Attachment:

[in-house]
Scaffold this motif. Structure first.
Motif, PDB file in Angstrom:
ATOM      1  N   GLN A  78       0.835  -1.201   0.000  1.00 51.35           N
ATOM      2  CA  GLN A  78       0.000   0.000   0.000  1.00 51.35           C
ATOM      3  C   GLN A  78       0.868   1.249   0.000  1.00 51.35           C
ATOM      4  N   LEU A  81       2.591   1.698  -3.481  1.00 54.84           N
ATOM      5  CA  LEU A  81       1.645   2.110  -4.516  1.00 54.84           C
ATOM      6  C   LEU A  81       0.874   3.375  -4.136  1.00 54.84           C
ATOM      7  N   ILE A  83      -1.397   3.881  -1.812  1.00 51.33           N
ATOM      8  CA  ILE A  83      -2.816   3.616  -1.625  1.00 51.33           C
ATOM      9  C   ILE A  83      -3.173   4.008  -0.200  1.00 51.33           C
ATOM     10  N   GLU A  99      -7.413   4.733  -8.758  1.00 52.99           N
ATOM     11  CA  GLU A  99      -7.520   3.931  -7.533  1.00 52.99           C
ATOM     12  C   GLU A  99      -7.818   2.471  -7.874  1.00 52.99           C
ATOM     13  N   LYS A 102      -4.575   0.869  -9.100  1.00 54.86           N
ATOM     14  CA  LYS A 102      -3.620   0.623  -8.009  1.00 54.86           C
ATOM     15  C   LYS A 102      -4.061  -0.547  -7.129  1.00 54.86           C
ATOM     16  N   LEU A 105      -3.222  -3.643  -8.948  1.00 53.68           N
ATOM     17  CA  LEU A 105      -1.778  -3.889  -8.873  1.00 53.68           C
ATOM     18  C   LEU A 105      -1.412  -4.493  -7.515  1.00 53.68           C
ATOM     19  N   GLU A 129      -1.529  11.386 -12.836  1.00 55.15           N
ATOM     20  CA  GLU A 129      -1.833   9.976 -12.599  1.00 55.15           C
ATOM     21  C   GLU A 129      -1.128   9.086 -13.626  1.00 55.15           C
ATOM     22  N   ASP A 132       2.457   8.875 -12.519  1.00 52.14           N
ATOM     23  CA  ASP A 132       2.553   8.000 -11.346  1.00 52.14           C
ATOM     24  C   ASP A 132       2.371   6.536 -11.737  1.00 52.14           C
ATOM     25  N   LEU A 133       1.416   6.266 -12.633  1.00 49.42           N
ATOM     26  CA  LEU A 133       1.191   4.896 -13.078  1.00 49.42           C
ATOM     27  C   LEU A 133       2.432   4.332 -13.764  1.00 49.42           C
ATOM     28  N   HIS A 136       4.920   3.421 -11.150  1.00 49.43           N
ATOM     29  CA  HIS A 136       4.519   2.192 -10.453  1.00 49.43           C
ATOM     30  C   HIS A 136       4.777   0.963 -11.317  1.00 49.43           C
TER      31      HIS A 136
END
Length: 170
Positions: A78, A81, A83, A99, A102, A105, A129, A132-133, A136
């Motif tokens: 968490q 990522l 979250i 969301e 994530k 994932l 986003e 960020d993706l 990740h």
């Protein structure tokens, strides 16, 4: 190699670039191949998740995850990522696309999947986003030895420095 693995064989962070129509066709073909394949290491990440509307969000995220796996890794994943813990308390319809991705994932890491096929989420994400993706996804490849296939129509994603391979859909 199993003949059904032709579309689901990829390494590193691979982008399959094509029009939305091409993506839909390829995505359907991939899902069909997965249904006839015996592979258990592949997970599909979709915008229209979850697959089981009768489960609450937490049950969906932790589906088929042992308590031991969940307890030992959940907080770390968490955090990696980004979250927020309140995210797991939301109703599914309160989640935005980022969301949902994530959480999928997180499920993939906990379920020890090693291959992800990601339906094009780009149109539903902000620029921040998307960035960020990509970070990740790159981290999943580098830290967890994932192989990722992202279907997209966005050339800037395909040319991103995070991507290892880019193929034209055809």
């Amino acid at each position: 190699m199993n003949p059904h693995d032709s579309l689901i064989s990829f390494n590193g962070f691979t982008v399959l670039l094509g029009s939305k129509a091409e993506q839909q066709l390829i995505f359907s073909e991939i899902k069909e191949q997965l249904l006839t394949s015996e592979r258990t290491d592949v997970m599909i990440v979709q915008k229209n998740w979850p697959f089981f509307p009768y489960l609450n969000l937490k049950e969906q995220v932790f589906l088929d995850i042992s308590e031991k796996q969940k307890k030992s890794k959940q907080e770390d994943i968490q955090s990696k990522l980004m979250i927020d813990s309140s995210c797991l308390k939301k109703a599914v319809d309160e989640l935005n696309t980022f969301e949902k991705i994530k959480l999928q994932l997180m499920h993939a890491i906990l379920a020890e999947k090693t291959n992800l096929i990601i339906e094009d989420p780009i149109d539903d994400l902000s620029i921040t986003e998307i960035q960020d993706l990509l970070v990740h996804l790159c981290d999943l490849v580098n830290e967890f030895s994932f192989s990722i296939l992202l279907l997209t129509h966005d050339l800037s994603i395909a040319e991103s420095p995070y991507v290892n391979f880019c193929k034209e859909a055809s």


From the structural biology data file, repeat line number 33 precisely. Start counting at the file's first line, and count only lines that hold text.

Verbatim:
ATOM     30  C   HIS A 136       4.777   0.963 -11.317  1.00 49.43           C